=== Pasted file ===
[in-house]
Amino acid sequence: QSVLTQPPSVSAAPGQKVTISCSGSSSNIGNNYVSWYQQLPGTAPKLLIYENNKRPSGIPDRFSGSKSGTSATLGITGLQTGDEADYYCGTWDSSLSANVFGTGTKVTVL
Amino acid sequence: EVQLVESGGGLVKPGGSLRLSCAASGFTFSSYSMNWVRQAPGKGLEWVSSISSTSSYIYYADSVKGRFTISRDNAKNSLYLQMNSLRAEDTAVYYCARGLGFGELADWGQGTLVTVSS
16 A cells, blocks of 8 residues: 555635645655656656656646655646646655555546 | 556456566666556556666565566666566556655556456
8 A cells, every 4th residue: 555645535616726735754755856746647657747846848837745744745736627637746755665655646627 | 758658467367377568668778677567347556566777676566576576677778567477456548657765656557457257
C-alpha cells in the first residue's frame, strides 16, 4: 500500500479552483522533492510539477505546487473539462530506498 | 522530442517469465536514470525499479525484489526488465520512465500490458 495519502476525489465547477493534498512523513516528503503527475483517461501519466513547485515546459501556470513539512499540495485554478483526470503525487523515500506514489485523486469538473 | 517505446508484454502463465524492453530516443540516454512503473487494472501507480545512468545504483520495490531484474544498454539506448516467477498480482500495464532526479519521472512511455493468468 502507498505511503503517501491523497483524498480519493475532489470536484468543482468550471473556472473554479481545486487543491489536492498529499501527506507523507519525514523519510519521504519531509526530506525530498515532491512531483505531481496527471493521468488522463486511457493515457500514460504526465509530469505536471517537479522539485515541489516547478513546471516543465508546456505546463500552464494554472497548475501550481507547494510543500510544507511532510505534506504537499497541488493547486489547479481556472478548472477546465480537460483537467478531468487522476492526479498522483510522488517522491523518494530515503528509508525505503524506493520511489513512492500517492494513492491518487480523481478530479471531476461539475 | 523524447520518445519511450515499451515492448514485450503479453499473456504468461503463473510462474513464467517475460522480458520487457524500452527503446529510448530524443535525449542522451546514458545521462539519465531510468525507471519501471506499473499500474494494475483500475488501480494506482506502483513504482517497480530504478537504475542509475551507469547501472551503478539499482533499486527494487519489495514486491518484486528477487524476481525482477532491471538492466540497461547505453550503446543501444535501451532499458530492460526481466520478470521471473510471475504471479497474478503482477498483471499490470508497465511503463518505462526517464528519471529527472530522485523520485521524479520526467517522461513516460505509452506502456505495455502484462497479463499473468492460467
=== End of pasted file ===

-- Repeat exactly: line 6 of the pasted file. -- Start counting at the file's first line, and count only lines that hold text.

C-alpha cells in the first residue's frame, strides 16, 4: 500500500479552483522533492510539477505546487473539462530506498 | 522530442517469465536514470525499479525484489526488465520512465500490458 495519502476525489465547477493534498512523513516528503503527475483517461501519466513547485515546459501556470513539512499540495485554478483526470503525487523515500506514489485523486469538473 | 517505446508484454502463465524492453530516443540516454512503473487494472501507480545512468545504483520495490531484474544498454539506448516467477498480482500495464532526479519521472512511455493468468 502507498505511503503517501491523497483524498480519493475532489470536484468543482468550471473556472473554479481545486487543491489536492498529499501527506507523507519525514523519510519521504519531509526530506525530498515532491512531483505531481496527471493521468488522463486511457493515457500514460504526465509530469505536471517537479522539485515541489516547478513546471516543465508546456505546463500552464494554472497548475501550481507547494510543500510544507511532510505534506504537499497541488493547486489547479481556472478548472477546465480537460483537467478531468487522476492526479498522483510522488517522491523518494530515503528509508525505503524506493520511489513512492500517492494513492491518487480523481478530479471531476461539475 | 523524447520518445519511450515499451515492448514485450503479453499473456504468461503463473510462474513464467517475460522480458520487457524500452527503446529510448530524443535525449542522451546514458545521462539519465531510468525507471519501471506499473499500474494494475483500475488501480494506482506502483513504482517497480530504478537504475542509475551507469547501472551503478539499482533499486527494487519489495514486491518484486528477487524476481525482477532491471538492466540497461547505453550503446543501444535501451532499458530492460526481466520478470521471473510471475504471479497474478503482477498483471499490470508497465511503463518505462526517464528519471529527472530522485523520485521524479520526467517522461513516460505509452506502456505495455502484462497479463499473468492460467